1 — Sterling flatware produced in the U.S. contains no less than 92.5 percent pure silver, the rest is copper and other metals, according to U.S. law.
2 — Bonbon or nut spoons, are used to serve nuts, candies and certain hors d’oeuvres.
3 — Chasing is decorating flatware in high or low relief, achieved by the use of tools that push the surface of the metal into patterns; no metal is removed.
4 — Troy weight is a unit of measure employed by silversmiths: one pound avoirdupois (“goods sold by weight”) equals 14.58 ounces; 1 ounce avoirdupois equals .91 troy ounces.
5 — Most American makers mark silver on the backside of a flat piece, like a spoon, by the base of the handle with the company name or hallmark.
6 — Engraving is the process of cutting shallow lines into metal, reproducing artwork. Unlike machine engraving, hand engraving removes metal when cutting. Bright cutting is another form of engraving with a flat, angled cut.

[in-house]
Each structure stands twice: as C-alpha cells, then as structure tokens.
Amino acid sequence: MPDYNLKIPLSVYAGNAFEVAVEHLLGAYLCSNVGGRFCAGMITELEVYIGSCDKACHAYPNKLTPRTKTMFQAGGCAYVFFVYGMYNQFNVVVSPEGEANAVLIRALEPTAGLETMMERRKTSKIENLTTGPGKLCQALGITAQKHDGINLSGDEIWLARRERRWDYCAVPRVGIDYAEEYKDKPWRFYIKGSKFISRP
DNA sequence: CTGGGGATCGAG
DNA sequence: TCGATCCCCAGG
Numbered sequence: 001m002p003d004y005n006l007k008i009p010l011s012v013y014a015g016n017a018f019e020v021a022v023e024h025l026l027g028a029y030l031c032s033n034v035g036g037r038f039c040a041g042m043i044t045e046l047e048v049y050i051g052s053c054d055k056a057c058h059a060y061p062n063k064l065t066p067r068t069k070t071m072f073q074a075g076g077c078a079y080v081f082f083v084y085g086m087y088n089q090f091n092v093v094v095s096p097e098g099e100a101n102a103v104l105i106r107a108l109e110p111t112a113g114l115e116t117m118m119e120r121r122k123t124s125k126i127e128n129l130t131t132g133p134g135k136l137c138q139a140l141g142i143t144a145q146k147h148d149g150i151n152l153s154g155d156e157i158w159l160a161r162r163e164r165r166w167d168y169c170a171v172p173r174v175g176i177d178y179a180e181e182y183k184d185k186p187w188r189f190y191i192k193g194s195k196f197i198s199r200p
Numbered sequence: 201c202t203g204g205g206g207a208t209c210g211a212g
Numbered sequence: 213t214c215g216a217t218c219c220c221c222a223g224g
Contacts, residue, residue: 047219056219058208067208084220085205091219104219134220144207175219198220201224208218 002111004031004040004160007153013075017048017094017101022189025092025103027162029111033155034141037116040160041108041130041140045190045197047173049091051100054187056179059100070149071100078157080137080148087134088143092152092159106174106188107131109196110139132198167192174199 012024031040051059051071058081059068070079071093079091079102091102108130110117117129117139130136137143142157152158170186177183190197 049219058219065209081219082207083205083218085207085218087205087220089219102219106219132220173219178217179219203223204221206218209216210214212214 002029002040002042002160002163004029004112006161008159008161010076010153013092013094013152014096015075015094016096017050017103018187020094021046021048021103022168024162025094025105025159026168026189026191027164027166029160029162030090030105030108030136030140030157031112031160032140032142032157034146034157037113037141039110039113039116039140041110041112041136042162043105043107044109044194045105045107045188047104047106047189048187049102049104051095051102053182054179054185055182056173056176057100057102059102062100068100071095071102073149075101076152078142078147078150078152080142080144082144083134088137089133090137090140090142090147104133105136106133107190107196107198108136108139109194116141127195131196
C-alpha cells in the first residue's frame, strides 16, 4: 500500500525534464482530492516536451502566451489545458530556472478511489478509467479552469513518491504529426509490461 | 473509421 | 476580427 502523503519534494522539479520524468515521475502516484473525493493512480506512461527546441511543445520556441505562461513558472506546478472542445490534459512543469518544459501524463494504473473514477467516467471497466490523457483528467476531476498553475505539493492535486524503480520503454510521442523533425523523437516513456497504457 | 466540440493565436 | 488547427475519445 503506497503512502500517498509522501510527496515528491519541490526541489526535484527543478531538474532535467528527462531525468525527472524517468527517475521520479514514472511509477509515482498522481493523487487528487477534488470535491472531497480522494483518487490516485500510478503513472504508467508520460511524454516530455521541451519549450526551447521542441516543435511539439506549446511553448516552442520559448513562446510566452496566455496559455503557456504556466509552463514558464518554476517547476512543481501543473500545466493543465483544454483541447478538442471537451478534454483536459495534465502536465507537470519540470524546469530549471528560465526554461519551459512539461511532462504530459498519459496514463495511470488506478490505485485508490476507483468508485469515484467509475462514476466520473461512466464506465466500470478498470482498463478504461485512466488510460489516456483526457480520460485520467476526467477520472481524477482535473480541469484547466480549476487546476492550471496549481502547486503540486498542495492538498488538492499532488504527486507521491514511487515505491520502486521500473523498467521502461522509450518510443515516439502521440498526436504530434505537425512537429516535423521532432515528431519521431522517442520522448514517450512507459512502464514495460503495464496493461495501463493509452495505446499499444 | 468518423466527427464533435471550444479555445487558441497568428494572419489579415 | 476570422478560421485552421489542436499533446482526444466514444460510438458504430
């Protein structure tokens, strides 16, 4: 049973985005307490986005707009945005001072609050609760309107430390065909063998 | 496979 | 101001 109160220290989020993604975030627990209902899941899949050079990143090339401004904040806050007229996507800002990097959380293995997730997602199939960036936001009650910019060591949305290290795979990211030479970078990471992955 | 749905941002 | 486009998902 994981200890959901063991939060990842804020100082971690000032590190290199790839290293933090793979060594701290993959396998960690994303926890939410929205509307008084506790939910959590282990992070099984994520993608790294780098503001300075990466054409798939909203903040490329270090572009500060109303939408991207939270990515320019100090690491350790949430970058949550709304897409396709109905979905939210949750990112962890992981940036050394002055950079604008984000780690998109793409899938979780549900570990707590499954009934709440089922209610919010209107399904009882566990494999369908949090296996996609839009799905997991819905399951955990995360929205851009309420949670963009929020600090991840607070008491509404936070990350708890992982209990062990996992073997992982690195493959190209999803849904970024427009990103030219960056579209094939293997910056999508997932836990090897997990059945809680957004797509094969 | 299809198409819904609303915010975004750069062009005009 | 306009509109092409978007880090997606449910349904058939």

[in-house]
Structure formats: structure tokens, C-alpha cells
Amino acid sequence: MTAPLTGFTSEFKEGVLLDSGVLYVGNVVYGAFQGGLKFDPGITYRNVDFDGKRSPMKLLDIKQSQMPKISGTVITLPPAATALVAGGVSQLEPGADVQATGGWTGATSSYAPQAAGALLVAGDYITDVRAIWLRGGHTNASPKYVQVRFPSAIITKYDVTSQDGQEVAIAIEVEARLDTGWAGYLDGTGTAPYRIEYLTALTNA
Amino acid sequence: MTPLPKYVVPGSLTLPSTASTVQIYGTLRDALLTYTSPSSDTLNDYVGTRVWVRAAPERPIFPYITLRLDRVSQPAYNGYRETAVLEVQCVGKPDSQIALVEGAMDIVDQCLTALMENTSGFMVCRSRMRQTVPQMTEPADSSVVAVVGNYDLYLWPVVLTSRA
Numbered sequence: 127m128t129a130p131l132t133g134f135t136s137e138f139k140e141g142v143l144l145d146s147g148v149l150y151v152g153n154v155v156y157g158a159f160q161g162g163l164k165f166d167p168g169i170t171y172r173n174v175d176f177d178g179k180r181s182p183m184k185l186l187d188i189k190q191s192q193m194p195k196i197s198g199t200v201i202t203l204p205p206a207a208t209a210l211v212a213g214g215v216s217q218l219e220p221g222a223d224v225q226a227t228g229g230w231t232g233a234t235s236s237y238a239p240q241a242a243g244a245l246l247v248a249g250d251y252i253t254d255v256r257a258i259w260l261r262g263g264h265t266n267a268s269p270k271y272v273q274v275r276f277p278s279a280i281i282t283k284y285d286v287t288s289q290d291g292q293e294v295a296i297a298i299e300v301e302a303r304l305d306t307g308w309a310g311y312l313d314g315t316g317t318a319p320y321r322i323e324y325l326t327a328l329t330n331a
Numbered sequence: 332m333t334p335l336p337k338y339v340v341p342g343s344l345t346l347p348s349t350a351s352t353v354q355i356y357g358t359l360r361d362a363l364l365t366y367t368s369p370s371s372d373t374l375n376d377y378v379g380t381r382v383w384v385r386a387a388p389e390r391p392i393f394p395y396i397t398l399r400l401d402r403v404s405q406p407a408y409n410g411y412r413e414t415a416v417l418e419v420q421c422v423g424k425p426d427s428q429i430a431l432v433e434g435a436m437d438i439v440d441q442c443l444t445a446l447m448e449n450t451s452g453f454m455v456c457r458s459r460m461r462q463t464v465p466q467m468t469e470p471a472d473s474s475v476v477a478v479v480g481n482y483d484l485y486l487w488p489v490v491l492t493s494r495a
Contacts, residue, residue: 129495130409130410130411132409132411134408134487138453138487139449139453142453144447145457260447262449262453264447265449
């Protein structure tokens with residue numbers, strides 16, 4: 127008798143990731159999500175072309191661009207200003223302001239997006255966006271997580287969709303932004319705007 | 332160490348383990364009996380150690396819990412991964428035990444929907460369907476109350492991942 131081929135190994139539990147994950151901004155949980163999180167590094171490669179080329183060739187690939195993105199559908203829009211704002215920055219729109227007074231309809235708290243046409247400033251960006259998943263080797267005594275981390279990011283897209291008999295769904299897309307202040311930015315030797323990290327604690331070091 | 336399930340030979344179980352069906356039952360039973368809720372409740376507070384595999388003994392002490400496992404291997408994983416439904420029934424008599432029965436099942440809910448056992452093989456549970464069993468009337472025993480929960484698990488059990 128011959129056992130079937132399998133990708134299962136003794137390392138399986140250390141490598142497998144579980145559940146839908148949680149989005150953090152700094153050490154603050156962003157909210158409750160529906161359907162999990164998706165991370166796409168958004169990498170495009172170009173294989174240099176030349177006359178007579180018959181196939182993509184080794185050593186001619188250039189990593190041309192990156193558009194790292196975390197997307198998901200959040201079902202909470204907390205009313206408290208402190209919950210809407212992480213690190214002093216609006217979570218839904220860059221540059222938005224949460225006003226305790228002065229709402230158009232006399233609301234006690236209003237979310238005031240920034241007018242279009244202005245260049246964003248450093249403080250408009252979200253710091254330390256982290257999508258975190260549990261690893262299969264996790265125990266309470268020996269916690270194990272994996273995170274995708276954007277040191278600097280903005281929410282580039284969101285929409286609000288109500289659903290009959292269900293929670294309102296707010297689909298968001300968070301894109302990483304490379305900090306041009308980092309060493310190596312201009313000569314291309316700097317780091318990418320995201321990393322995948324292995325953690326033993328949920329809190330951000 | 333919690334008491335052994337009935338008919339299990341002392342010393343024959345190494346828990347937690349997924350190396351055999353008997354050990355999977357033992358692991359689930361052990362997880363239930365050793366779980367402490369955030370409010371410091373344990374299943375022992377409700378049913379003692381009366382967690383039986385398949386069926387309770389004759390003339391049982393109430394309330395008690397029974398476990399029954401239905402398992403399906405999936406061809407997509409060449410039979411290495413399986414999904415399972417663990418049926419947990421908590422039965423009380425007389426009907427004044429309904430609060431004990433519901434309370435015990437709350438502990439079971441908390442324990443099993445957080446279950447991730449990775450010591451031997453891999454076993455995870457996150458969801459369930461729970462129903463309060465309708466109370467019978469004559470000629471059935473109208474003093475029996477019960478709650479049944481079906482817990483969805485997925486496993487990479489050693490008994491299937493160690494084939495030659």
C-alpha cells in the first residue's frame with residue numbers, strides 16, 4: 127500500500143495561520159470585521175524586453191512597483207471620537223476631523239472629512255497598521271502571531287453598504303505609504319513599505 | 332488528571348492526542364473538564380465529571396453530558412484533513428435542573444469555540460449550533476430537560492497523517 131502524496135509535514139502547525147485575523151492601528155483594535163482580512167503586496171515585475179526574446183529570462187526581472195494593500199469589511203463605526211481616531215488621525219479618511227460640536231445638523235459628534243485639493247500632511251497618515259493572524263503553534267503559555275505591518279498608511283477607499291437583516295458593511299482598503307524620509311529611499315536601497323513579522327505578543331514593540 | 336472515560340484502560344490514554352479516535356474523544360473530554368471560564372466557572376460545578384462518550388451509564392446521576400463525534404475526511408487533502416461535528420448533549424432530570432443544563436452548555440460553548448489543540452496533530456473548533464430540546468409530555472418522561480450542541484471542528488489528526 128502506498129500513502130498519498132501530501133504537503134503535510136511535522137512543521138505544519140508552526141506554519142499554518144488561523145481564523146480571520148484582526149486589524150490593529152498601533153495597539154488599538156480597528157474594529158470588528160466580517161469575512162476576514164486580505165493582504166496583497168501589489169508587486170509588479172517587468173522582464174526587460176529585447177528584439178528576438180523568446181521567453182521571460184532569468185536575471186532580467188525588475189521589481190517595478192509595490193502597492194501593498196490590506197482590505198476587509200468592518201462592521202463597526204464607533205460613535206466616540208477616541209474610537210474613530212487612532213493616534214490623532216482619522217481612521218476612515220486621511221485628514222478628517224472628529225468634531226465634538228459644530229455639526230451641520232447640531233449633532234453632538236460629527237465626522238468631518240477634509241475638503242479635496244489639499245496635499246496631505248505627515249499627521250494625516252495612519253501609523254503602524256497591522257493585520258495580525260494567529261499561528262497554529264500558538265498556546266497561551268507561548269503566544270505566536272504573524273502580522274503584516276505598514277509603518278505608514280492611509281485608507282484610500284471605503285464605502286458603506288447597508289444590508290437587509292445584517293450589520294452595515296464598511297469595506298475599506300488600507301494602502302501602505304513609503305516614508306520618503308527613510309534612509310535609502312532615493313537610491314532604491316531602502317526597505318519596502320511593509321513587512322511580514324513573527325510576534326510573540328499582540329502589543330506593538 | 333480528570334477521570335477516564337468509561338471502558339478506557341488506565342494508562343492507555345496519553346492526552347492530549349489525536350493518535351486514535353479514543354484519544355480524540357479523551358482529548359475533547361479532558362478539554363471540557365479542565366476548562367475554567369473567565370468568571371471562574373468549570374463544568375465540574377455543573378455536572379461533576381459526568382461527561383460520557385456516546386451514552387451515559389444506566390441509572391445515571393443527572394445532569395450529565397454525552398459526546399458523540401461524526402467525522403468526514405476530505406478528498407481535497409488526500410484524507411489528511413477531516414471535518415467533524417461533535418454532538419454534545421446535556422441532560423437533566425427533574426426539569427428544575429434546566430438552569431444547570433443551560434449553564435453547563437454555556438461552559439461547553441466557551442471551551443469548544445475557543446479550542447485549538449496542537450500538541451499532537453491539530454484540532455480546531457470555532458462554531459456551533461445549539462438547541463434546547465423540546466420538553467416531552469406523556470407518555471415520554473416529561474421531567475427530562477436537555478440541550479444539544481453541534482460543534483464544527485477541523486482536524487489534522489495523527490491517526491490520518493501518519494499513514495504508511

7 — So many different serving pieces were produced that in the late Victorian era, some states passed laws prohibiting companies from coming out with new pieces because hostesses couldn’t keep up with all the new ones.
8 — In sterling there are more than 2,200 different American patterns. That’s why the most common sterling pieces will have lower prices. The unusual pieces will continue to flourish.
9 — All American sterling made after 1880 will be marked with the word “Sterling,” otherwise it is likely silver-plated.
10 — In 15th-century Italy, it was proper for a guest to arrive with his own fork and spoon enclosed in a box called a cadena.
Facts taken from the book Warman’s Sterling Silver Flatware, 2nd edition, by Phil Dreis. Krause Publications, 2009.
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